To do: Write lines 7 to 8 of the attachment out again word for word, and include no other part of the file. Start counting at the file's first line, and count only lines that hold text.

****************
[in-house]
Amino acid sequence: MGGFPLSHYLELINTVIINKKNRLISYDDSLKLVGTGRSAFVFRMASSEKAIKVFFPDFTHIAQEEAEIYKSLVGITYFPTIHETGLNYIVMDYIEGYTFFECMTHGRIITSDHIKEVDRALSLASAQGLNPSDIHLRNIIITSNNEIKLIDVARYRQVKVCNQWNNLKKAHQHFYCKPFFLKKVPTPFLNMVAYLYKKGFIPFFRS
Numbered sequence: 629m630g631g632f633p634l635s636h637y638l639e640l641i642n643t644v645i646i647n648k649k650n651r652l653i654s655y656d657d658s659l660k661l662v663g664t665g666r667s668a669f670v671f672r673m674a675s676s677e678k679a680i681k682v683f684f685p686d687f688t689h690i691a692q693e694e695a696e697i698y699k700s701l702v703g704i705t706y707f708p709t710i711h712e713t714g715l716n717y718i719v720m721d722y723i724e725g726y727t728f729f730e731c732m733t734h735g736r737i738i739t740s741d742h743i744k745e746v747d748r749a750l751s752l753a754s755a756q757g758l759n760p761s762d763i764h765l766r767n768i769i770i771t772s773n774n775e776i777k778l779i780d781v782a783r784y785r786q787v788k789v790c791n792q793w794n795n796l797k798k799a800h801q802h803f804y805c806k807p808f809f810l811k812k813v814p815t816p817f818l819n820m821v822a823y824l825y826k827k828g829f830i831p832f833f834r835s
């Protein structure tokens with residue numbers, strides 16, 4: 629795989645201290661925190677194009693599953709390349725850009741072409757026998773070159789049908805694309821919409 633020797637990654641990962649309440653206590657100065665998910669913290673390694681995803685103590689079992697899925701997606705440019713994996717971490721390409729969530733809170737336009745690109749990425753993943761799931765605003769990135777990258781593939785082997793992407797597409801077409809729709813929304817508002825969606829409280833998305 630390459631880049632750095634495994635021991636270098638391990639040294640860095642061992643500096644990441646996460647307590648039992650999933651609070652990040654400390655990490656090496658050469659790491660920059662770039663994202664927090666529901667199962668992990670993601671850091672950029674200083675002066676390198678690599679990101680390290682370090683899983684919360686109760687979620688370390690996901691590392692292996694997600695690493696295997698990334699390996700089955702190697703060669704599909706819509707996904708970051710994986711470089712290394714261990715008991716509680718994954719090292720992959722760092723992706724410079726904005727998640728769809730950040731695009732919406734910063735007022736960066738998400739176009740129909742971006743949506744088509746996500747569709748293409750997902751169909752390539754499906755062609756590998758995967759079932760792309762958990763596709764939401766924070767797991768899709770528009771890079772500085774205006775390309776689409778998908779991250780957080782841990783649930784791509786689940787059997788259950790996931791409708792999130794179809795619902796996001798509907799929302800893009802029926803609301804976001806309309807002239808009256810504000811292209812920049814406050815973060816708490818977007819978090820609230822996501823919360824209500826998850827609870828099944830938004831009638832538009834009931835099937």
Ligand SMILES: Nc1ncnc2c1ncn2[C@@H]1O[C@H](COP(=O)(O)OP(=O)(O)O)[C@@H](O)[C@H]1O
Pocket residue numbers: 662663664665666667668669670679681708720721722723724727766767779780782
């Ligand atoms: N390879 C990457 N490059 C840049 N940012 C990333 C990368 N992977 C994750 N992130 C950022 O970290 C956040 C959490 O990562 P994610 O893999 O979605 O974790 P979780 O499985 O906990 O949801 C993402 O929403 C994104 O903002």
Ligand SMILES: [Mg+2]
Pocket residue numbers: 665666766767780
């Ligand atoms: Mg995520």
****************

């Ligand atoms: N390879 C990457 N490059 C840049 N940012 C990333 C990368 N992977 C994750 N992130 C950022 O970290 C956040 C959490 O990562 P994610 O893999 O979605 O974790 P979780 O499985 O906990 O949801 C993402 O929403 C994104 O903002």
Ligand SMILES: [Mg+2]